“It’s like discovering a pearl in the wilderness,” says a Versace-clad woman to her dinner companions while I sip a glass of Cabernet and savor a bit of eavesdropping at Blackberry Farm. It is the perfect description.
Few would expect such refinement in the foothills of the Great Smoky Mountains in eastern Tennessee. Don’t bother looking for a sign on the main road to guide you to a place where chic and sheep coincide–gawkers are discouraged. In fact, the average tourist has never heard of this rural retreat and that suits Blackberry Farm just fine. They don’t advertise. Instead, word-of-mouth, articles in high-end publications, top rankings on nearly every “best resort” list plus awards from the James Beard Foundation and Wine Spectator feed the momentum. Hollywood celebs, West Coast techies and those in the know (rumor has it Oprah and Martha Stewart have stayed here) frequent this bucolic resort/spa/gourmet getaway for exceptional and very private R&R.
Even the word “resort” feels wrong; “experience” is a better description. With only 62 rooms and cottages on 4,200 acres (plus an additional 5,000 acres of private wilderness for fox hunting, horseback riding, fly fishing or hiking) this Relais & Chateaux working farm and gastronomic mecca offers perks that are far from its golf and ski alternatives (they don’t have either.)
They do have a dairy, creamery, charcuterie and brewery plus a master cheesemaker, beekeeper, chocolatier and preservationist who oversees all jam making. Jams are sold on the farm as well as to fancy food emporiums throughout the U.S. (the blueberry is to die for).
All vegetables served are grown on the farm and only heirloom seeds are used. Milk from the sheep is used to make their yogurt and cheeses. A butcher and baker are on staff and odds are, a candlestick maker is there, too. The sommelier and his team oversee a 221 page wine list representing 160,000 bottles, including rare vintages such as a $14,000 bottle of Montrachet.
There’s more. The farm is cultivating truffles. To hunt for them, assuming they materialize (there are no guarantees for this ten-year project), they breed rare Lagotto Romagnolo dogs imported from Italy. Fall in love with a puppy? They are for sale–$6,000 each, trained with commands given exclusively in Italian, of course. Untrained, the price is halved.
Privately owned and managed by the Beall family since the early 70’s, Blackberry Farm employs a staff of 375 to care for its pampered guests. Room rates include three glorious meals each day and begin at $795; cottage suites from $1495.
The place has been on my bucket list since before bucket lists became trendy. When the farm’s new spa, Wellhouse, opened I talked my husband into a three night stay.
On arrival, our car is whisked away. We won’t need it again until we leave–each cottage comes with its own golf cart. If we want a lift anywhere, a fleet of new Lexus cars is available, with or without a driver.
From the outside, our dark brown wood-framed cottage tucked in the woods appears unremarkable. Inside, we find all the bells and whistles of a luxury hotel–soaring 17-foot ceiling in the living/bedroom, polished wood floors topped with eclectic furnishings, Frette linens and robes plus a pantry stocked with complimentary snacks. The bathroom is big enough for a family reunion.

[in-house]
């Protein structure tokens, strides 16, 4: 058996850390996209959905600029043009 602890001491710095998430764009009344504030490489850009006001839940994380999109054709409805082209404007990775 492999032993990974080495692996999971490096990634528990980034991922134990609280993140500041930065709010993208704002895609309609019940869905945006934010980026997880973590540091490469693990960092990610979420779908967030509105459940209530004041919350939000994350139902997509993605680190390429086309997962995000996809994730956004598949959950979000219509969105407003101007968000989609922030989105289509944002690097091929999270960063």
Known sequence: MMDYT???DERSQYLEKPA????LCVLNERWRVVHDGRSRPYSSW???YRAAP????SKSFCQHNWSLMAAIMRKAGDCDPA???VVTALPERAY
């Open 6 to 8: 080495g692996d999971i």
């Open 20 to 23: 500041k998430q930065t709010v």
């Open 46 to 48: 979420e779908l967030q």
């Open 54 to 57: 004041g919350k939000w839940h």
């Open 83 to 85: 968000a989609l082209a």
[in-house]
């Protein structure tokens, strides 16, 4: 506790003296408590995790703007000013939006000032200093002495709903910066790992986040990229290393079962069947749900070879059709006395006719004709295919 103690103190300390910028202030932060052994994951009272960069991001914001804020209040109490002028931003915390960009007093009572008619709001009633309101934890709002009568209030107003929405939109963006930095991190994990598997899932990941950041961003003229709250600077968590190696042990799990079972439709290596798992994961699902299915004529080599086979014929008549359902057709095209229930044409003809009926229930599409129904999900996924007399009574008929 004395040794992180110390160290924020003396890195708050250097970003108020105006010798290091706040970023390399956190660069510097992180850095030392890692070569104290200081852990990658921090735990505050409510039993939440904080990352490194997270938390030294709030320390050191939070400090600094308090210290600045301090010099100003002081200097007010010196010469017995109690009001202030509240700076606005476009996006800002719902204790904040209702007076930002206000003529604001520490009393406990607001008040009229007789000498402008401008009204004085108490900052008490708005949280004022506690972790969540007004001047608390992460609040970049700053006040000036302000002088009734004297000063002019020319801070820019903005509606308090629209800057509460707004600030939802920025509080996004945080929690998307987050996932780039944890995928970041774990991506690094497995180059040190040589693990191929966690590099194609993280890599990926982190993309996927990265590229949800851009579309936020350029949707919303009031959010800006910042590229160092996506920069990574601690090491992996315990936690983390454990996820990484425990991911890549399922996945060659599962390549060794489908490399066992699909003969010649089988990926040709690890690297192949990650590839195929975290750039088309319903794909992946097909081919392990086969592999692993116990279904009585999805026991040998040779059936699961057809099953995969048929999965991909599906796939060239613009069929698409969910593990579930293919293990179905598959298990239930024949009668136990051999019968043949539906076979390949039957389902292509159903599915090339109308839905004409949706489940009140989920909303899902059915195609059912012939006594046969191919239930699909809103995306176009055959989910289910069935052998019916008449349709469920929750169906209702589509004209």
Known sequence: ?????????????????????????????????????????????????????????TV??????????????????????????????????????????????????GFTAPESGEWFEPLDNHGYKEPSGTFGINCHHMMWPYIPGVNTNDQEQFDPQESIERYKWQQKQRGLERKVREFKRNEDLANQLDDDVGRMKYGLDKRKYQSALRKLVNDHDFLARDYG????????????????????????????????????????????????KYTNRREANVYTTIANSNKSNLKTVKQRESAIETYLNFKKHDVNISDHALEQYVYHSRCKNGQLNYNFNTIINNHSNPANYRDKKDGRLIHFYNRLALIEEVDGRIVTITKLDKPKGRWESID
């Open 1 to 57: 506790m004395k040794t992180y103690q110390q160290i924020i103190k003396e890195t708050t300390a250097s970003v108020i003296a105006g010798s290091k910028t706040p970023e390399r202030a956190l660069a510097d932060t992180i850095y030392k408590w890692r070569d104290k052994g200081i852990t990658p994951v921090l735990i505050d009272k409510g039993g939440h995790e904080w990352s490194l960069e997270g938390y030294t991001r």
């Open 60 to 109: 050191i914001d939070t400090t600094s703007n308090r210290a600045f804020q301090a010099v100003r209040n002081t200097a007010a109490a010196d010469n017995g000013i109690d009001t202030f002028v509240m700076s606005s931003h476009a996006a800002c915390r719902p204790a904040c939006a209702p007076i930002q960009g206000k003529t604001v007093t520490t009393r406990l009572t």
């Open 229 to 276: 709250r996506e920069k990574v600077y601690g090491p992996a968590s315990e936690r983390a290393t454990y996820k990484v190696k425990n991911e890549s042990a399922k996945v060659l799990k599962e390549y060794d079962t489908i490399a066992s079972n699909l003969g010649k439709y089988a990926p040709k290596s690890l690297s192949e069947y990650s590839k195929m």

Despite the temptation to hang out in the fancy digs, we head outdoors, winding our way through pastures dotted with horses and a dozen piglets following their mom. We discover a crystal clear trout stream, a tranquil lake and we linger at the boat house before putting a canoe to use. While there are plenty of activities—yoga, fly fishing, horseback riding, and archery for starters–there is something to be said for doing nothing. The only thing on my ‘to do’ list is visiting the spa.
Face down on the massage table, my dings and dents are tweaked with warm poultices filled with healing herbs and flowers that are pressed into my body. The warmth and fragrance reduce me to Jell-O. Am I detoxed as the treatment promises? Who cares. I head to the outdoor pool and fantasize about our next hedonistic adventure: dinner.
“Good evening” says the tall young man who swoops down upon us, ready to fulfill our every wish. I’m having trouble focusing on menu choices. Instead, I’m fixated on the room, a splendid turn-of-the-century barn with high ceilings and massive beams.
I place the snowy white antique linen napkin on my lap and scan the French china and sterling silver. Given the game plan, we anticipate a hoity-toity menu. While there is plenty of haute cuisine, the forward-thinking chef creatively combines fancier fare with southern Foothills food. And, he doesn’t take himself too seriously–Guinea Hen Croquettes with White Truffle Sauce are served on a bed of “straw” topping a piece of tree bark. My husband’s pate is served on slate at the same time my Swiss Chard Salad is presented on white gold-rimmed china.
Dinner may be the star each day but breakfast and lunch aren’t far behind. Both are served in a room you would expect to find in a private country estate. In our cozy banquette, surrounded by the owner’s impressive art collection and antique furnishings, we decide that the most beautiful art (and there’s plenty of it) is the daily vista of fog hanging over the Smokies as viewed from the sprawling stone terrace.
By day three, we’re accustomed to being spoiled. At checkout, a perky young man appears with two boxed lunches for our trip home. Even they aren’t ordinary–turkey sandwiches with scallion mayonnaise on rosemary flatbread, containers of radish and stewed-apple salad and the most extraordinary chocolate chip cookies on the planet.
As we drive down the country road, with windows wide open, a blast of fresh warm air whips my face. All I can utter is one word, ‘a-maz-ing.’ Maybe tomorrow I’ll think of something more poetic.